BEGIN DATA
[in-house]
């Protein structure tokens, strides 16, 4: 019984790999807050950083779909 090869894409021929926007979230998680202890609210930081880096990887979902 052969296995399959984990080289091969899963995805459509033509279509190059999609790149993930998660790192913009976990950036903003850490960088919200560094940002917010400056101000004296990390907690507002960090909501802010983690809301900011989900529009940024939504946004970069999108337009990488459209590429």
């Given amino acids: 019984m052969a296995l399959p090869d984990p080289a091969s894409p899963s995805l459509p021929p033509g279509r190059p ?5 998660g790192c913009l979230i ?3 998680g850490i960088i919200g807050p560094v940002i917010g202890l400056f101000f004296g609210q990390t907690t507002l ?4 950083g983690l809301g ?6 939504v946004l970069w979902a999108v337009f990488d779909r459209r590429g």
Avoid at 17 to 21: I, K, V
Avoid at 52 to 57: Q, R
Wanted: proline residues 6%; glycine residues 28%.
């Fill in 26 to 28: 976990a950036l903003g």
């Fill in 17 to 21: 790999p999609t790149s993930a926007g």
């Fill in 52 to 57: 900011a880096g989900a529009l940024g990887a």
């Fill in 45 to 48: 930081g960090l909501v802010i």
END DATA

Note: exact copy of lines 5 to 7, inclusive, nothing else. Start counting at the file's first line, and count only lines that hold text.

Avoid at 52 to 57: Q, R
Wanted: proline residues 6%; glycine residues 28%.
């Fill in 26 to 28: 976990a950036l903003g």